With the economic downturn, research labs like HP’s are cutting back operations. There is pressure to reduce costs. What is the future of research labs?
Vandebroek: I do believe in innovation — you have to continually refresh your products and services. Back in 2000 when Xerox was going through very difficult times — we were losing money — [Chairman and CEO] Anne Mulcahy and the senior team turned the company around. She got a lot of pressure also at that time … [to] cut more R&D. Her statement, which I strongly believe is held across the company, is ‘how can I rescue it today and jeopardise the future?’ If you don’t invest, you have no future of new products and services. In the last three years we launched over 100 new products and services and it’s our intention to keep doing that. We are not cutting R&D at all. The beauty of PARC’s model, of course, is to be able to reach to clients across the world.
Bernstein: In the last 15 years, there’s much less basic research being supported by the government. Much of that has to happen in academia. I think the other side of that is what research is intended to accomplish and the value that comes back from that accomplishment. HP was, I thought, being very explicit, saying, ‘We’ve got too many little things and not a critical mass. Tell me what the most important opportunities are that you can identify? How are you going to staff them at a level that’s at critical mass and is going to make a difference. Where are your big bets? Let’s be clear about them and let’s resource them to be successful.’ Sophie and Xerox are absolutely addressing the same kinds of issues.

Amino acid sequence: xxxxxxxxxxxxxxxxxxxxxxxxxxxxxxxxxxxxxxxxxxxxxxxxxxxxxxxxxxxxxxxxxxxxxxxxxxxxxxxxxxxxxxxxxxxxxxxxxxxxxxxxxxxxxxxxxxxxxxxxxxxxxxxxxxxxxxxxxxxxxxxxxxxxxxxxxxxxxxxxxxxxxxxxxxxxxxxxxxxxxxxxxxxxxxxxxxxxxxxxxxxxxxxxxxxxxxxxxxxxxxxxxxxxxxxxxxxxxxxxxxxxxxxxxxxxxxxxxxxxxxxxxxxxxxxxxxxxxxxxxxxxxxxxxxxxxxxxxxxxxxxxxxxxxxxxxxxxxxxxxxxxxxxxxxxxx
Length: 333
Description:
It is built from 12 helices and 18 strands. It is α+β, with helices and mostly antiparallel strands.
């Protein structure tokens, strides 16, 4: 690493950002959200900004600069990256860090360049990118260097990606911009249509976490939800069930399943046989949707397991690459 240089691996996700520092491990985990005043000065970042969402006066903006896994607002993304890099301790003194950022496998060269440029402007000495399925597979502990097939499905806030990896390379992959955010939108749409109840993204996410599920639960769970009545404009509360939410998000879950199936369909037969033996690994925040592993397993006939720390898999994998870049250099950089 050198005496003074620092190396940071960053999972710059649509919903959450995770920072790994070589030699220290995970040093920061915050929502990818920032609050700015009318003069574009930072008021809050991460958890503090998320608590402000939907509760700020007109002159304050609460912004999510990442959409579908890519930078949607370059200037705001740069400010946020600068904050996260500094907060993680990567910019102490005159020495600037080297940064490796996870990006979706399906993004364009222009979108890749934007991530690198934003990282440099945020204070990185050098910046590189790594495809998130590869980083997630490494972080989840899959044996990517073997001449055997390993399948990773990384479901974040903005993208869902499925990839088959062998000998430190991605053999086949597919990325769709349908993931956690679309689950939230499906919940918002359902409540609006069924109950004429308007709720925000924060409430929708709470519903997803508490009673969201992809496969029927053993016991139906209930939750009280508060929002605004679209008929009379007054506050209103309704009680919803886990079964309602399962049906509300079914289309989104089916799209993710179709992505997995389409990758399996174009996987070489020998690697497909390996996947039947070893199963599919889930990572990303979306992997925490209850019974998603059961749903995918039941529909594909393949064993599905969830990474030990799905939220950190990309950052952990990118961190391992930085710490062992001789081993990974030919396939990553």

You developed a lot of the technology that we are now seeing. What is the future of PCs?
Bernstein: Mobility is where things are headed. I think you are going to see the proliferation of devices for particular purposes. You’ll see more generic platforms where the client will be rather thin. As soon as we get to ubiquitous connectivity at a reasonable bandwidth, then you’ll see more of a computational horsepower being borne by the network and that there will be a whole array of different applications — hopefully, not just Microsoft applications — that we will have access to. The notion of computation generally is it’s going to be less focused activity and more how we live, the computation would recede into the fabric of our lives and help us work and play. That hasn’t happened, but I think that is what is going to play out as the network gets smarter and is able to help us do things that it knows we need to be attending to.